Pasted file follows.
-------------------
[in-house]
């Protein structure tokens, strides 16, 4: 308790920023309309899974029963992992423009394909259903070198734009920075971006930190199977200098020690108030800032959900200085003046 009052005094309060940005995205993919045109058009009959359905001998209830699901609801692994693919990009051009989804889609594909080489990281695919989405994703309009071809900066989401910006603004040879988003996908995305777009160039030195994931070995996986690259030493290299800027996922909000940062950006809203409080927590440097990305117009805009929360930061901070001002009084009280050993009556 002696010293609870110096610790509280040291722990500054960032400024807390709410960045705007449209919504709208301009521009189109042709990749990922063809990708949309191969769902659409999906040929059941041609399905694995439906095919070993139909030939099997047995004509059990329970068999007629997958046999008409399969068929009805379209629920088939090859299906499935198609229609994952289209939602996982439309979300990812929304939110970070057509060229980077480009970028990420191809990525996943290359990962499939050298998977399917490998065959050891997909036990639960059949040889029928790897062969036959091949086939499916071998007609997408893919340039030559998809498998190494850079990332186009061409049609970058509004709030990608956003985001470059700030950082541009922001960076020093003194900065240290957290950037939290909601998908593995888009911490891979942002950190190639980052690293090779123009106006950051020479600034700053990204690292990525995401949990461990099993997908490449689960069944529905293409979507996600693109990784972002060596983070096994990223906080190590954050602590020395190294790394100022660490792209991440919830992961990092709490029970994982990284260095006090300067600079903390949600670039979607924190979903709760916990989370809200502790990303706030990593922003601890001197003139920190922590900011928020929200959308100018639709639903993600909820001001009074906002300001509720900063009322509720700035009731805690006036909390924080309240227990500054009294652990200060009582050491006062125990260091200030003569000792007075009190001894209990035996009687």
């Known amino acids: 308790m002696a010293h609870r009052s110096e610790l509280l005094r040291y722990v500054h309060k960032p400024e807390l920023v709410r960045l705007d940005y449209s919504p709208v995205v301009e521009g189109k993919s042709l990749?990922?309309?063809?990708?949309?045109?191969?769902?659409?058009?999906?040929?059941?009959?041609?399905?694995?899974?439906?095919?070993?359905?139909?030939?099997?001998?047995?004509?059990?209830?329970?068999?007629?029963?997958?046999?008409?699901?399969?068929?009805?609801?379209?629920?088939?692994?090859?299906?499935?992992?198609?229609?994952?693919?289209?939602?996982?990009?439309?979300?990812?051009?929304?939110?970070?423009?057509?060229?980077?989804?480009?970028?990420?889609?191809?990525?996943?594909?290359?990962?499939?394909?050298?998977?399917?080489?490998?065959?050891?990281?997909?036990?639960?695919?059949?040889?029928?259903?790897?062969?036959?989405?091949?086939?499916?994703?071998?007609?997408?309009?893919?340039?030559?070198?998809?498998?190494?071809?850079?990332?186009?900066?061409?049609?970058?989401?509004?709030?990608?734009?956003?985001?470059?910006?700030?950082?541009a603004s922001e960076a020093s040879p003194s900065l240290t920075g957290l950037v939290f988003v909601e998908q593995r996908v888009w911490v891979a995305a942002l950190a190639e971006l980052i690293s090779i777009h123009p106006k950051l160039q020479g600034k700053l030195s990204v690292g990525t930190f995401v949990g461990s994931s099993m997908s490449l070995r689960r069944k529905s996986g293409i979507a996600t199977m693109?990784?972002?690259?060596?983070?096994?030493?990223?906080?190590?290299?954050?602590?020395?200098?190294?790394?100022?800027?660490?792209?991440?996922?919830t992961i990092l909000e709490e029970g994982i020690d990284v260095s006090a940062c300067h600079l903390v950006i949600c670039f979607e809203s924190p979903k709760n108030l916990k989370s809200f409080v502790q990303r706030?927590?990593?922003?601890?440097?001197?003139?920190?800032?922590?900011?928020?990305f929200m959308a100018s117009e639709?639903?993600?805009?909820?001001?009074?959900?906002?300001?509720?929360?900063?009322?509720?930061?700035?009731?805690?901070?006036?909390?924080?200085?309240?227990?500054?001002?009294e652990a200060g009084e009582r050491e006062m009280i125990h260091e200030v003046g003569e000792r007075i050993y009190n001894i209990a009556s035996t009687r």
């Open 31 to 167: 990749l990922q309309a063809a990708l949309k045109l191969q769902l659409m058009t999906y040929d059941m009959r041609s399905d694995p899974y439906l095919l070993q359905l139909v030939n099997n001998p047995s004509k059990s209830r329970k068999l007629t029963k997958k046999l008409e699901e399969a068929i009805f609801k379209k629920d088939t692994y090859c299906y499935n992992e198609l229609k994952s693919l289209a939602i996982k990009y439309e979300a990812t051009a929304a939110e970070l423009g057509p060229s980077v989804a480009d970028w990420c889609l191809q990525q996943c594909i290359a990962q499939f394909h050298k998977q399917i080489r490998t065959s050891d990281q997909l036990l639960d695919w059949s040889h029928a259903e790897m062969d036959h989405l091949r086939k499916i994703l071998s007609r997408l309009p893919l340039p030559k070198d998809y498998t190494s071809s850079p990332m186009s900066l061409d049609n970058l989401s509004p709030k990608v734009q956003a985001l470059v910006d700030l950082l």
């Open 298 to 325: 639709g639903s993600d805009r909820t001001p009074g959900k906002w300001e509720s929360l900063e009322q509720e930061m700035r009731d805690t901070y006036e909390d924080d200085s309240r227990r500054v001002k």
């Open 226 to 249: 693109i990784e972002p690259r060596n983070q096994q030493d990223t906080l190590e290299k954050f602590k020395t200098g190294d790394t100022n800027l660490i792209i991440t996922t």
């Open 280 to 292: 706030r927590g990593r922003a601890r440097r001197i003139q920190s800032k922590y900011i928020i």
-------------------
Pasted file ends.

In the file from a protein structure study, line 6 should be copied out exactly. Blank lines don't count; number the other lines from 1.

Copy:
């Open 226 to 249: 693109i990784e972002p690259r060596n983070q096994q030493d990223t906080l190590e290299k954050f602590k020395t200098g190294d790394t100022n800027l660490i792209i991440t996922t």